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Learning and Equilibrium Selection in a Monetary Overlapping Generations Model with Sticky Prices

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  • Klaus Adam

Abstract

We study adaptive learning in a monetary overlapping generations model with sticky prices and monopolistic competition for the case where learning agents observe current endogenous variables. Observability of current variables is essential for informational consistency of the learning setup with the model setup but generates multiple temporary equilibria when prices are flexible and prevents a straightforward construction of the learning dynamics. Sticky prices overcome this problem by avoiding simultaneity between prices and price expectations. Adaptive learning then robustly selects the determinate (monetary) steady state independent from the degree of imperfect competition. The indeterminate (non-monetary) steady state and non-stationary equilibria are never stable. Stability in a deterministic version of the model may differ because perfect foresight equilibria can be the limit of restricted perceptions equilibria of the stochastic economy with vanishing noise and thereby inherit different stability properties. This discontinuity at the zero variance of shocks suggests one should analyse learning in stochastic models. Copyright 2003, Wiley-Blackwell.

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Bibliographic Info

Article provided by Oxford University Press in its journal The Review of Economic Studies.

Volume (Year): 70 (2003)
Issue (Month): 4 ()
Pages: 887-907

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Handle: RePEc:oup:restud:v:70:y:2003:i:4:p:887-907

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  1. Duffy John, 1994. "On Learning and the Nonuniqueness of Equilibrium in an Overlapping Generations Model with Fiat Money," Journal of Economic Theory, Elsevier, Elsevier, vol. 64(2), pages 541-553, December.
  2. Lettau, Martin & Van Zandt, Timothy, 2001. "Robustness of Adaptive Expectations as an Equilibrium Selection Device," CEPR Discussion Papers, C.E.P.R. Discussion Papers 2882, C.E.P.R. Discussion Papers.
  3. Marcet, Albert & Sargent, Thomas J., 1989. "Convergence of least squares learning mechanisms in self-referential linear stochastic models," Journal of Economic Theory, Elsevier, Elsevier, vol. 48(2), pages 337-368, August.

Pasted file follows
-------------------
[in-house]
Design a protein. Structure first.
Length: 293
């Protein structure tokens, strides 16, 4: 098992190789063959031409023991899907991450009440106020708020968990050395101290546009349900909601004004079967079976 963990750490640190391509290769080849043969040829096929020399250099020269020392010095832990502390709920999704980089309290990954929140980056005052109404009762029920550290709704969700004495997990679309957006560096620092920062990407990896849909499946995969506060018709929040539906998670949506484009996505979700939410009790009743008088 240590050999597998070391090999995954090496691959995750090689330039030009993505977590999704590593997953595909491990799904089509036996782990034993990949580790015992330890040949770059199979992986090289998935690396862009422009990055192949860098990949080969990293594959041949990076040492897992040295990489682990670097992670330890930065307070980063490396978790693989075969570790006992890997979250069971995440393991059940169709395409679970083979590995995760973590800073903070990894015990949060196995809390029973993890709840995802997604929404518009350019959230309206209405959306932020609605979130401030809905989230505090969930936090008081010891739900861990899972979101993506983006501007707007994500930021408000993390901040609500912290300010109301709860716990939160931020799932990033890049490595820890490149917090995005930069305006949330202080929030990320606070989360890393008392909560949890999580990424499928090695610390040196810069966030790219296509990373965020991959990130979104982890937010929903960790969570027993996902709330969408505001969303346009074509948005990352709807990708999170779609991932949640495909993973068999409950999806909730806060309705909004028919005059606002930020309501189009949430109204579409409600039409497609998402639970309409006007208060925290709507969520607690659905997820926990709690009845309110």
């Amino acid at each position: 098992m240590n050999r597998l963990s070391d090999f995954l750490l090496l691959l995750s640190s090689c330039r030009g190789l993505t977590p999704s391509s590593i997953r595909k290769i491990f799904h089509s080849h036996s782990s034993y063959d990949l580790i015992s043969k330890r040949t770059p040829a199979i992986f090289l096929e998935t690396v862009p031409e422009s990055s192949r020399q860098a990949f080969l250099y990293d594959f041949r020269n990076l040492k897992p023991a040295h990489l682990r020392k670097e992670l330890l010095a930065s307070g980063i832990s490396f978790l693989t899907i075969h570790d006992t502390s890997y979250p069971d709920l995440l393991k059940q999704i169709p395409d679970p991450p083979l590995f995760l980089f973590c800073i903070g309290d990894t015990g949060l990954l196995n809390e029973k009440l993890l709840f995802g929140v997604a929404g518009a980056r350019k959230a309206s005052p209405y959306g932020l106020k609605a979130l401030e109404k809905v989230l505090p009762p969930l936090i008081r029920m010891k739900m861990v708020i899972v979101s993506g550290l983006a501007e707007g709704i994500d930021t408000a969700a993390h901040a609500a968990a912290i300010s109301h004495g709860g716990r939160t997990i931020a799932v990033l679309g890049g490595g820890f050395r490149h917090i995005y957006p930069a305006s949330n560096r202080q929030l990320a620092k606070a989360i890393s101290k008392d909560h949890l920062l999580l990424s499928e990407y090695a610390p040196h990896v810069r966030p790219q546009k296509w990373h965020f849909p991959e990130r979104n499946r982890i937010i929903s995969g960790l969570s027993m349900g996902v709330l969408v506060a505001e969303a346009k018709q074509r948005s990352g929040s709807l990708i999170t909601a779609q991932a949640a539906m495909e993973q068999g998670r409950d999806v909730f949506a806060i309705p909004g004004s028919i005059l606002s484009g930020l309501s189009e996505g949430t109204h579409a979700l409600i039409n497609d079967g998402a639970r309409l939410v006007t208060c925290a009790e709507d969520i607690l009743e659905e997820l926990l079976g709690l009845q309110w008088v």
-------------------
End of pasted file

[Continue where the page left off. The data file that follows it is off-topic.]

4. Klaus Adam, 2002. "Adaptive Learning and Cyclical Behavior of Output and Inflation," Macroeconomics, EconWPA 0211013, EconWPA.
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Cited by:
  1. Ellison, Martin & Pearlman, Joseph, 2011. "Saddlepath learning," Journal of Economic Theory, Elsevier, Elsevier, vol. 146(4), pages 1500-1519, July.
  2. Seonghoon Cho & Antonio Moreno, 2006. "Expectational Stability in Multivariate Models," Faculty Working Papers, School of Economics and Business Administration, University of Navarra 06/08, School of Economics and Business Administration, University of Navarra.
  3. Klaus Adam & Albert Marcet & Juan Pablo Nicolini, 2011. "Stock Market Volatility and Learning," CEP Discussion Papers, Centre for Economic Performance, LSE dp1077, Centre for Economic Performance, LSE.
  4. McCallum, Bennett T., 2007. "E-stability vis-a-vis determinacy results for a broad class of linear rational expectations models," Journal of Economic Dynamics and Control, Elsevier, Elsevier, vol. 31(4), pages 1376-1391, April.
  5. Klaus Adam, 2007. "Experimental Evidence on the Persistence of Output and Inflation," Economic Journal, Royal Economic Society, Royal Economic Society, vol. 117(520), pages 603-636, 04.
  6. Adam, Klaus & Evans, George W. & Honkapohja, Seppo, 2003. "Are stationary hyperinflation paths learnable?," CFS Working Paper Series, Center for Financial Studies (CFS) 2004/15, Center for Financial Studies (CFS).
  7. Adam, Klaus & Evans, George W. & Honkapohja, Seppo, 2006. "Are hyperinflation paths learnable?," Journal of Economic Dynamics and Control, Elsevier, Elsevier, vol. 30(12), pages 2725-2748, December.
  8. Jordi Gal?, 2014. "Monetary Policy and Rational Asset Price Bubbles," American Economic Review, American Economic Association, American Economic Association, vol. 104(3), pages 721-52, March.
  9. Klaus Adam & Albert Marcet, 2011. "Internal Rationality, Imperfect Market Knowledge and Asset Prices," CEP Discussion Papers, Centre for Economic Performance, LSE dp1068, Centre for Economic Performance, LSE.

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